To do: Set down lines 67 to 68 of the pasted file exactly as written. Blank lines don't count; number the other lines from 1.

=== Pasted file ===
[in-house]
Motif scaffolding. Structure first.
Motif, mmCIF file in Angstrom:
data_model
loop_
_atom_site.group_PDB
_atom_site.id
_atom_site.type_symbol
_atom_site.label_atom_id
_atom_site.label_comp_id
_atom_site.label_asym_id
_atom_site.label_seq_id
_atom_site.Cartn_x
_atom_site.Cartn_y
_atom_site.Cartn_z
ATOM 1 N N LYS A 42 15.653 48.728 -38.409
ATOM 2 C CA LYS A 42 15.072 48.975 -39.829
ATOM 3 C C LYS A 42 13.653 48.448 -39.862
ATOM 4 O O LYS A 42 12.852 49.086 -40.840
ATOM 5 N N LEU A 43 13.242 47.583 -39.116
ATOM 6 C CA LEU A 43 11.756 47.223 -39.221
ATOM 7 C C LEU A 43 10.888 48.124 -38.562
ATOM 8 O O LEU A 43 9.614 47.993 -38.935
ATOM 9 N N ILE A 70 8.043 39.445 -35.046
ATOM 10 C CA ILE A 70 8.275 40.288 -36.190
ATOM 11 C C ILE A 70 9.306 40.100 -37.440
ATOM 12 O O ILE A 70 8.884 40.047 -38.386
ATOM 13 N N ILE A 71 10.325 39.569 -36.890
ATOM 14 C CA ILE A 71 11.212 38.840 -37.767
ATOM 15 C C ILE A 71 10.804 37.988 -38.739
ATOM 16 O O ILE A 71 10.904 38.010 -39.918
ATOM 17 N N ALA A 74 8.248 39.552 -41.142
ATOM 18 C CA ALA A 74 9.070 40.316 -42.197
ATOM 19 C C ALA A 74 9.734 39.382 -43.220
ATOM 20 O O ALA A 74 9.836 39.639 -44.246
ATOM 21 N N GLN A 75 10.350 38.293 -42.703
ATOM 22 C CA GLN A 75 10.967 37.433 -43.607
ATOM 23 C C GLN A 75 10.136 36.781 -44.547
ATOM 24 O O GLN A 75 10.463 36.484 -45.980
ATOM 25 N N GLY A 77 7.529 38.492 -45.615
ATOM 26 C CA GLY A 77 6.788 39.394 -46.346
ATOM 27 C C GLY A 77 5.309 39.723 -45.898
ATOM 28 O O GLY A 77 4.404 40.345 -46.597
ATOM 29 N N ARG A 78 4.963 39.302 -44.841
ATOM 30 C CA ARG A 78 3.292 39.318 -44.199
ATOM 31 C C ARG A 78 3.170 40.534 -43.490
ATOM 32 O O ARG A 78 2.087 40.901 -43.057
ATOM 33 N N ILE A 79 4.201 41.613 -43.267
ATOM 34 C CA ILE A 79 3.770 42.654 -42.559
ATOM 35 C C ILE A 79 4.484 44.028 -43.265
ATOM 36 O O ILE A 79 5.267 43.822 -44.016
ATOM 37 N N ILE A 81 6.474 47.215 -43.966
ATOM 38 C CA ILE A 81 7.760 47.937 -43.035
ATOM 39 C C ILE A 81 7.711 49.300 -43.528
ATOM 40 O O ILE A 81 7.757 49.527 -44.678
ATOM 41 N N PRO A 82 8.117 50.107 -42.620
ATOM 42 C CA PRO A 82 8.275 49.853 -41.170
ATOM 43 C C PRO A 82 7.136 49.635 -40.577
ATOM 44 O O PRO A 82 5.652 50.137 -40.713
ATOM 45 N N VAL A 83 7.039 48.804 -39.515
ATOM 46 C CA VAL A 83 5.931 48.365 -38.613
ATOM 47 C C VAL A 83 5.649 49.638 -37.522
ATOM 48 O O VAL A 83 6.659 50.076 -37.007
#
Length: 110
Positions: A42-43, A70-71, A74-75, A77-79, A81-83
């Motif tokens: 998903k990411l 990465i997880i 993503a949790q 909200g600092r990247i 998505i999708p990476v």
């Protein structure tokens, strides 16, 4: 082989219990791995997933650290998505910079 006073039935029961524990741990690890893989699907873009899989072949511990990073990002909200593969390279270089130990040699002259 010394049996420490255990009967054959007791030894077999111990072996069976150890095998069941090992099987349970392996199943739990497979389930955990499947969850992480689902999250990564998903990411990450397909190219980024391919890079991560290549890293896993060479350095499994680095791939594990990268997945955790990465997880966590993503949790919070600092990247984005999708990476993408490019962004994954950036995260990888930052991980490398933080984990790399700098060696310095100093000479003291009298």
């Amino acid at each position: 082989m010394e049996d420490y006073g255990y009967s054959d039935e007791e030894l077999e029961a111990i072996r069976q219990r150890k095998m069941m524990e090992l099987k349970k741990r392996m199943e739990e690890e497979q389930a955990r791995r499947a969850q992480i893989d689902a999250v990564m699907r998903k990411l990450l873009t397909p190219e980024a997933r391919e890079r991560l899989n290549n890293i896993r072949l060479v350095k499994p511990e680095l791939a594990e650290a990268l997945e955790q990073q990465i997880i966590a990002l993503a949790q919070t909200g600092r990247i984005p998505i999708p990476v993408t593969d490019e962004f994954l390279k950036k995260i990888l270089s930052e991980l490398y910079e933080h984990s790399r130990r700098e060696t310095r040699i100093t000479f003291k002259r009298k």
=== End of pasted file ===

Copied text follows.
């Motif tokens: 998903k990411l 990465i997880i 993503a949790q 909200g600092r990247i 998505i999708p990476v």
């Protein structure tokens, strides 16, 4: 082989219990791995997933650290998505910079 006073039935029961524990741990690890893989699907873009899989072949511990990073990002909200593969390279270089130990040699002259 010394049996420490255990009967054959007791030894077999111990072996069976150890095998069941090992099987349970392996199943739990497979389930955990499947969850992480689902999250990564998903990411990450397909190219980024391919890079991560290549890293896993060479350095499994680095791939594990990268997945955790990465997880966590993503949790919070600092990247984005999708990476993408490019962004994954950036995260990888930052991980490398933080984990790399700098060696310095100093000479003291009298």